Low Back Pain (LBP) and Cognitive Functional Therapy (CFT)randy
WHAT IS COGNITIVE FUNCTIONAL THERAPY (CFT)?
CFT provides a patient centered targeted approach to management of LBP based on a thorough examination. This classification based management approach for LBP considers many domains including: lower back movement and postures, psychological factors, social factors, workplace factors, comorbidities (e.g. diabetes, obesity), pain processing mechanisms: influenced by genetics and life experiences, sleep and lifestyle factors and their relative contributions to an individual’s LBP. CFT challenges thoughts and behaviours in a functionally specific and graduated manner.
It differs from Cognitive Behavioural Therapy (CBT) as changes in beliefs, thoughts and emotions can be realized by the patient when they experience an improvement in symptoms as they move which may challenge previous beliefs, experiences and knowledge about their condition. In a recent study CFT when compared with a manual therapy and exercise group showed clinically and statistically significant large effect sizes across multiple dimensions. The group receiving CFT was 3x less likely to take time off work in the 12 months following treatment1.
As physiotherapists, in a practical sense, it means we are considering both mechanical and non-mechanical aspects of a person’s disorder. By managing patients in this way we are helping them better understand their pain and to move and function in a way that does not perpetuate their pain. By involving the patients in the problem solving and goal setting the longer term prognosis is improved. Essentially this puts patients back in the “driving seat” for directing the course of their rehabilitation and Sarah and I are both excited about the results we are seeing implementing our improved skills so far….
Low back pain (LBP) is very common and is currently the leading cause of disability worldwide3. Only a very small proportion of people with LBP have serious pathology, such as vertebral fracture, cancer, infection or underlying inflammatory disorder, causing their pain2. Unfortunately using a scan to help diagnose LBP is not reliable because MRI abnormalities are as common in those with LBP as in those without. A common recommendation across all high quality LBP guidelines is routine imaging is discouraged unless serious pathology or specific disease is suspected e.g. if surgery is being considered or there has been a limited response to conservative care. There is no evidence that routine imaging improves LBP outcomes. Over time there has been a significant increase in LBP expenditure without any change in associated levels of disability.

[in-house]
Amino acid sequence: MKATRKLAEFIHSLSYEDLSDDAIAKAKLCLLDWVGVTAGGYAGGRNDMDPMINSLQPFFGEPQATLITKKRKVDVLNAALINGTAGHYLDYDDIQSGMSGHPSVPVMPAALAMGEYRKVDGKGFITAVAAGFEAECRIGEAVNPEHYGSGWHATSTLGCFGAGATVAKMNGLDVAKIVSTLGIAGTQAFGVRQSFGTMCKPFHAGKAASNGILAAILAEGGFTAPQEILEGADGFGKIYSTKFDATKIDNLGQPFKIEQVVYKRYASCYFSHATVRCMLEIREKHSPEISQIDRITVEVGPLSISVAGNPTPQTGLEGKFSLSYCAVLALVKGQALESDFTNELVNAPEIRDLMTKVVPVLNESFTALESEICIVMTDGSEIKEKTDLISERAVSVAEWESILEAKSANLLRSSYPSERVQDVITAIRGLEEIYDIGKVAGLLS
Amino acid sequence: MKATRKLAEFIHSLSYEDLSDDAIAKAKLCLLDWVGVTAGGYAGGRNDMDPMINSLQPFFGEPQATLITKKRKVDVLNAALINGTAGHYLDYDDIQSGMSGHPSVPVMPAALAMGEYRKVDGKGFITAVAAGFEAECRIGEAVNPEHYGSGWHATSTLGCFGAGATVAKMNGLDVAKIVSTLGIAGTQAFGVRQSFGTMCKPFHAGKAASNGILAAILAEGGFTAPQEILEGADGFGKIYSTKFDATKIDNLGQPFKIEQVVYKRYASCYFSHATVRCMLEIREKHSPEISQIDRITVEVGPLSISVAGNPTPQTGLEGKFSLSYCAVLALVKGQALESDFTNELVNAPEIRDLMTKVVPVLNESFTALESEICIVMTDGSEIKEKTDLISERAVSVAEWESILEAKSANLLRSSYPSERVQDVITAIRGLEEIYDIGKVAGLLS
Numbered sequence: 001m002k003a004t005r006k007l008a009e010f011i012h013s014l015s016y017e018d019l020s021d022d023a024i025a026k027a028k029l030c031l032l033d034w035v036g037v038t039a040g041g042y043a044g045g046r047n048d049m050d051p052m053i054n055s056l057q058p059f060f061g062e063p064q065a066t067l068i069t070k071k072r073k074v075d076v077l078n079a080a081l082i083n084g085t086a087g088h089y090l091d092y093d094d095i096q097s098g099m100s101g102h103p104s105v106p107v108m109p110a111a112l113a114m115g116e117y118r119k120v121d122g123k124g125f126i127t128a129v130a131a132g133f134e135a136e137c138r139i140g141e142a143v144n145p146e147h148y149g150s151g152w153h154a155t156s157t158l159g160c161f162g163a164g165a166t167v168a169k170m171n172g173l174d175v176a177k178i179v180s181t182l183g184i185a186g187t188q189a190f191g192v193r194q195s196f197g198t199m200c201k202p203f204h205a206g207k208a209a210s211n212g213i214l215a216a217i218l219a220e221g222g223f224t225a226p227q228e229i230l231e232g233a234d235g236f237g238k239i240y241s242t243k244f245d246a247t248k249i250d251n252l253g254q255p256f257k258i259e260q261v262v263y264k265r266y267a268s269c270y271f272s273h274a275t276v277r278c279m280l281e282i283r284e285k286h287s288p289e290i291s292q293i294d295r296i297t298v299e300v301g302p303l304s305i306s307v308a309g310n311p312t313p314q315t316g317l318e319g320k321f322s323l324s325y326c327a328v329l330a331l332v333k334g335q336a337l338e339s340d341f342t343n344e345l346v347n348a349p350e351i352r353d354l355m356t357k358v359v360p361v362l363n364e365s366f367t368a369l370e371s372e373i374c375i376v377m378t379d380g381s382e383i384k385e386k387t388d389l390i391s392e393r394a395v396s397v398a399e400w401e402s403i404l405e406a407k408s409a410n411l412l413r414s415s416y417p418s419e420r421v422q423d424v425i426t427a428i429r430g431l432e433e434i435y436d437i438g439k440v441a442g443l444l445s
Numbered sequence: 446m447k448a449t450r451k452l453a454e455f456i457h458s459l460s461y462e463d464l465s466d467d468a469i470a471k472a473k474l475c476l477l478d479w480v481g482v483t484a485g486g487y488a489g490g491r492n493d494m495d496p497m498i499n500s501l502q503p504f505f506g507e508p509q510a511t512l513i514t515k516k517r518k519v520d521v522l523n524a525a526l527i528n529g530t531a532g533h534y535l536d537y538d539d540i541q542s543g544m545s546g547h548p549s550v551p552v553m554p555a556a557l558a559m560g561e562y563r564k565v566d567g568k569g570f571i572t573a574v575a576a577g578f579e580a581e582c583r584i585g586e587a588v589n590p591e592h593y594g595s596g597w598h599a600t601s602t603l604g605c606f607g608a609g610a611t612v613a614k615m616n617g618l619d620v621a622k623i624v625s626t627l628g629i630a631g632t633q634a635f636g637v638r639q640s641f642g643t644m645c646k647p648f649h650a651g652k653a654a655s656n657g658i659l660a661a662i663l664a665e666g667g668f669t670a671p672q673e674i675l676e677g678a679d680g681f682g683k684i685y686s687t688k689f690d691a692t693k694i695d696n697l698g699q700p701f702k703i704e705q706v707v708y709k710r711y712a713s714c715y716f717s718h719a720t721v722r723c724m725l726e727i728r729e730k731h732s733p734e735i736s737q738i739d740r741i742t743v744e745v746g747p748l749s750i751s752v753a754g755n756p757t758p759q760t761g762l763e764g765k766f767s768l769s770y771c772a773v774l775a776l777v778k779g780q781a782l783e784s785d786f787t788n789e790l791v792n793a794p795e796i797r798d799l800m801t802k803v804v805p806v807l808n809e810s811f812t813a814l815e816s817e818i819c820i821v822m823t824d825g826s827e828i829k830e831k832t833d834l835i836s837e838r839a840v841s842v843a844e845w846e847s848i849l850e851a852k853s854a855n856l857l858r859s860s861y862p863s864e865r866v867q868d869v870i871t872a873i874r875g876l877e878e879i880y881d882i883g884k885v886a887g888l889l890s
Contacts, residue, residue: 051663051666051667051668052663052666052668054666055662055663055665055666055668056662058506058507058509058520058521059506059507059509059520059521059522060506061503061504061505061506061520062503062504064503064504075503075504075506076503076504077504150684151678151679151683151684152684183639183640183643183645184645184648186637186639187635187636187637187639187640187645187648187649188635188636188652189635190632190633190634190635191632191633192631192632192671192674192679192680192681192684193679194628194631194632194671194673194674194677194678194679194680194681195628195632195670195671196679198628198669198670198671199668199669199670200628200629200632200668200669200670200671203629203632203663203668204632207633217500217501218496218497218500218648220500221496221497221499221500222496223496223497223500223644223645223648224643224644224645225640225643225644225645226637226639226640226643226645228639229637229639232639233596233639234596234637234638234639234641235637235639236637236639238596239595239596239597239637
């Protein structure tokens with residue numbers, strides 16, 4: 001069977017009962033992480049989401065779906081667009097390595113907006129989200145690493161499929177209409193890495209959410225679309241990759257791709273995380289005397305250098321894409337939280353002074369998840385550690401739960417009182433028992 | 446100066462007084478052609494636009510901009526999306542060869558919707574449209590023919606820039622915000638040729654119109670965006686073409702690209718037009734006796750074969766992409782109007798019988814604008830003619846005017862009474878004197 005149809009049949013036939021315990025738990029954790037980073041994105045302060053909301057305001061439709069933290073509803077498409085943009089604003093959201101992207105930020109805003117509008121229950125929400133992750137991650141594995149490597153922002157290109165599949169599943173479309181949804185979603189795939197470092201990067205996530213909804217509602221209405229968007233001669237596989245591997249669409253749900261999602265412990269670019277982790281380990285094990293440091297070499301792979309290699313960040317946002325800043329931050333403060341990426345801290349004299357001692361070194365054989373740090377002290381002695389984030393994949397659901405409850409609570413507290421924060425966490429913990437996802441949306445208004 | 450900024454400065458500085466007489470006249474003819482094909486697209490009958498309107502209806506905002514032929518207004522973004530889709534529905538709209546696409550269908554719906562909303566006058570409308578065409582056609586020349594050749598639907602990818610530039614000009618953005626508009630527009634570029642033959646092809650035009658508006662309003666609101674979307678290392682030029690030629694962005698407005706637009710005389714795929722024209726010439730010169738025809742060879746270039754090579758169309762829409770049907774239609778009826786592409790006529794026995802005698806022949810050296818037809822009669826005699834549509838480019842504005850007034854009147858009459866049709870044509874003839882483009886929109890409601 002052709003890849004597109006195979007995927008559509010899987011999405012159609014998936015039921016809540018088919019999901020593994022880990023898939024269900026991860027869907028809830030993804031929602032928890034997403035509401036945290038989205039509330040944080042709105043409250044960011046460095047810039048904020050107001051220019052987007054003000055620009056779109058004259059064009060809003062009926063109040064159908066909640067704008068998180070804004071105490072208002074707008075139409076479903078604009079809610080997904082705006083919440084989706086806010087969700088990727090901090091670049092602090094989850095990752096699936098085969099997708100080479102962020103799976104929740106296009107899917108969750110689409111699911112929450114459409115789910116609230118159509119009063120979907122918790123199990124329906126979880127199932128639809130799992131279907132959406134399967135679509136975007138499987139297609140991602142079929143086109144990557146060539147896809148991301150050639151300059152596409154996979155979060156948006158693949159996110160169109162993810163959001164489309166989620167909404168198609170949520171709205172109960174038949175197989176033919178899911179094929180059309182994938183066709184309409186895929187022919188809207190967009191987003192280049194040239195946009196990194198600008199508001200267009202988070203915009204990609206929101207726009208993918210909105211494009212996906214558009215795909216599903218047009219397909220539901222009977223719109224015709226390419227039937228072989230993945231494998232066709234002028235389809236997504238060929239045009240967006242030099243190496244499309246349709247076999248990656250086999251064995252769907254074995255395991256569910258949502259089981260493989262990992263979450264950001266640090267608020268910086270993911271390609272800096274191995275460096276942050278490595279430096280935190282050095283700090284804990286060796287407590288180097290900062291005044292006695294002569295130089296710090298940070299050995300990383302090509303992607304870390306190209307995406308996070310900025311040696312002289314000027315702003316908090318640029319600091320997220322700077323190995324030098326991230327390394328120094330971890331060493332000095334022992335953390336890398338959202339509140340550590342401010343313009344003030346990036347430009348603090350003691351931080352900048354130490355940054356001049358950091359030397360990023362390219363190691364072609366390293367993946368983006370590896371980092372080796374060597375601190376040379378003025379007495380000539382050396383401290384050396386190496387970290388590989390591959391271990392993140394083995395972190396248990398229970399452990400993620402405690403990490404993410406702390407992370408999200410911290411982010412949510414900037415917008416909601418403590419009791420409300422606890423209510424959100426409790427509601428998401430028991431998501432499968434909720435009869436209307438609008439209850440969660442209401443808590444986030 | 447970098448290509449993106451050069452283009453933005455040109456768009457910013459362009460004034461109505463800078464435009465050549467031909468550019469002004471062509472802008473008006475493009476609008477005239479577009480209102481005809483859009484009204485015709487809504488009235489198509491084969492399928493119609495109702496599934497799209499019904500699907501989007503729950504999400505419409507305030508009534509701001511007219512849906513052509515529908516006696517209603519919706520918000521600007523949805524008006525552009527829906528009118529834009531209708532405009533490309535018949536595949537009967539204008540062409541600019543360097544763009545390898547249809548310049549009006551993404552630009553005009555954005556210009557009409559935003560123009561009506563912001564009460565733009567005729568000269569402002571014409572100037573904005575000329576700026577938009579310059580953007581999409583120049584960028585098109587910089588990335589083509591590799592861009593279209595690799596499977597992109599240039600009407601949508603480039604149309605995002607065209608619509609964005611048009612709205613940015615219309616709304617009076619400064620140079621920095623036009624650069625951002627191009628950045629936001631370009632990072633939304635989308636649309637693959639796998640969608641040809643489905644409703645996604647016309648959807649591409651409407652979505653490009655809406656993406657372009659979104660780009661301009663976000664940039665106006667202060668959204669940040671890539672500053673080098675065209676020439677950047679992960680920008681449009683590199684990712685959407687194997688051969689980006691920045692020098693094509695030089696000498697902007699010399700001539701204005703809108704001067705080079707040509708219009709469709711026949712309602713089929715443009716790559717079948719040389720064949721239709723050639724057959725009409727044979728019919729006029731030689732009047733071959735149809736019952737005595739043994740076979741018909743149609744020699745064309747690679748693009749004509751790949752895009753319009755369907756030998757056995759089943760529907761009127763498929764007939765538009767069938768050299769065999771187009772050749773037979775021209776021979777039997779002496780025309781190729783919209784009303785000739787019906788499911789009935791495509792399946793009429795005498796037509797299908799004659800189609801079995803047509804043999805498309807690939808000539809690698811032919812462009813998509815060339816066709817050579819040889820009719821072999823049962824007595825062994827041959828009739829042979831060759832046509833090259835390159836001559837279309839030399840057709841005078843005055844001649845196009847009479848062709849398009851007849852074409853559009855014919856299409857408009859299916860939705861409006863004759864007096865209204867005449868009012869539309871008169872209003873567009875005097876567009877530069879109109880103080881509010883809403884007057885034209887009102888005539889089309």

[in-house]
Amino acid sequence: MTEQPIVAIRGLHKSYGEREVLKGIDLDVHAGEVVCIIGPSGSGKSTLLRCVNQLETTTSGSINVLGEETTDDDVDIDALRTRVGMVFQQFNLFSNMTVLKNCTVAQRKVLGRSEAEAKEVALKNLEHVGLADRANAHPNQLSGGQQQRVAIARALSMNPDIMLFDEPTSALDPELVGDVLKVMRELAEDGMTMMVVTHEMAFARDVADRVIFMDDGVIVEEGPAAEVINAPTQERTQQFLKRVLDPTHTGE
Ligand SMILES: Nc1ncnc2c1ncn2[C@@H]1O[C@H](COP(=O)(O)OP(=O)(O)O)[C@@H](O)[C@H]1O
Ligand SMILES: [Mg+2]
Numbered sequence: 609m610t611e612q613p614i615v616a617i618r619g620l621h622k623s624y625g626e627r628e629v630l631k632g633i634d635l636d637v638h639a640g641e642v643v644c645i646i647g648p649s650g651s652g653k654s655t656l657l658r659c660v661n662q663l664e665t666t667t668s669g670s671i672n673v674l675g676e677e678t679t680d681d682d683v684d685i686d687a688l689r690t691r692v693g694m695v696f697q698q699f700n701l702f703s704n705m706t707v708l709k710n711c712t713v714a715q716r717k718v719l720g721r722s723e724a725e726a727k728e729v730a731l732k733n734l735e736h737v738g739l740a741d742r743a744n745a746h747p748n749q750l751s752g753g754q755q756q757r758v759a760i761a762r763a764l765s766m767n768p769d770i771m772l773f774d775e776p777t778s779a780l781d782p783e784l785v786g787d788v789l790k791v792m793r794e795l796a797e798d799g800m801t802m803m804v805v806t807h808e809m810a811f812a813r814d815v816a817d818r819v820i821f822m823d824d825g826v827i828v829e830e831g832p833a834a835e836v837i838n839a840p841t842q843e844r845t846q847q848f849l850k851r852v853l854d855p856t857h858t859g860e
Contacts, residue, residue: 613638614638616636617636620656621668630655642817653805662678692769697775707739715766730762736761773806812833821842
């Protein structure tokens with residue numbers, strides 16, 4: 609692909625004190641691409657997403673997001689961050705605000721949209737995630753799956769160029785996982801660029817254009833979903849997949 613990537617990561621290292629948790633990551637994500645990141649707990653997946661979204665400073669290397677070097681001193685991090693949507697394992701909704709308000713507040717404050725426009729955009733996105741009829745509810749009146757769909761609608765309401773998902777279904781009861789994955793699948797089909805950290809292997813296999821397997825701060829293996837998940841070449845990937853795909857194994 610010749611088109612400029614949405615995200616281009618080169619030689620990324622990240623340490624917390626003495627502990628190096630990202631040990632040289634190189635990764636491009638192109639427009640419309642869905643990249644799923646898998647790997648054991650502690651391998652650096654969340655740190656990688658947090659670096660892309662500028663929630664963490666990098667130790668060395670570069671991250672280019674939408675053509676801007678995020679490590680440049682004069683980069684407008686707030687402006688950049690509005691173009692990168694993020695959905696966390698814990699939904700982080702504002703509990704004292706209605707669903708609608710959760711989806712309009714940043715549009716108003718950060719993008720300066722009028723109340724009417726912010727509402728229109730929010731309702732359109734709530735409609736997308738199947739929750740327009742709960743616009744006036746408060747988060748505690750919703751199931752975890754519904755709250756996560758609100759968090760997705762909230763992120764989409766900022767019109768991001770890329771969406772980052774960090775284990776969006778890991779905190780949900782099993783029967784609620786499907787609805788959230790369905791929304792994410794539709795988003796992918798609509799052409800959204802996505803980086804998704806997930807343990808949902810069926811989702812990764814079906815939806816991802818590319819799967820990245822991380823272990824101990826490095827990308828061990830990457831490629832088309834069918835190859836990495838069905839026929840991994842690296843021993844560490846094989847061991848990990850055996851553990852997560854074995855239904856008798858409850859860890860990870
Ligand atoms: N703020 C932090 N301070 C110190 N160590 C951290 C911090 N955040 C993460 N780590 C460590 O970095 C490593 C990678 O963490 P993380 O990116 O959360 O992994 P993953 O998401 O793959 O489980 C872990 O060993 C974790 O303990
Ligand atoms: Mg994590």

Key positive messages supported by current best evidence regarding LBP include:
- The causes of LBP are rarely serious
- LBP has a good prognosis
- Stay active and resume normal activity as soon as reasonable
- Bed rest is specifically not advised
- The back is a strong structure
- Pain does not equal harm
Key management principles for LBP include:
- Diagnosing LBP via thorough questioning and physical examination
- Limited use of imaging
- Advice about what’s contributing to LBP and an understanding of what’s contributing to the pain experience
- Strategies to self-manage pain including physical activity
- Treatment and exercise specific to the problem
- Medication when required but not as the primary management
The key message here is the clear majority of people with LBP, including leg pain (sciatica), will have a good outcome with evidence based, non-surgical care. Cognitive Functional Therapy is an emerging approach to deliver high quality care considering the complexity of factors that can be relevant to a patient’s lower back condition. At Central Bassendean Physiotherapy we pride ourselves on our accurate diagnosis and evidence based, contemporary management of LBP. We are happy to have a further discussion on the material presented here.
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- Vibe Fersum, K, O’Sullivan P, Skouen J, et al. Efficacy of classification based cognitive functional therapy in patients with non-specific chronic low back pain- A randomised control trial. Eur J Pain 2013;17;916-28
- Almeda M, Saragiotto B, Richards B, et al. Primary care management of non-specific low back pain: key messages from recent clinical guidelines. Med J Aust 2018;208(6):272-275.
- Clark S, Horton R. Low back pain: a major global challenge. The Lancet 2018;391(10137):2302.
Senior Musculoskeletal Physiotherapist
University of Birmingham 2003
Curtin University 2013
This month’s blog post is by our Senior Musculoskeletal Physiotherapist Carly Payne.
We have recently welcomed Carly back from Maternity leave. She now has two beautiful children, Toby and Freya. On her return, she and Senior Physiotherapist Sarah Clay have joined a research team being led by Professor Peter O’Sullivan from Curtin University. The study is exploring whether Cognitive Functional Therapy (CFT) for patients with chronic low back pain (LBP) improves outcomes when compared to traditional usual care. Carly and Sarah will be involved as physiotherapists in the trial providing Cognitive Functional Therapy (CFT) and are currently undergoing lots of additional training to upskill them in this approach.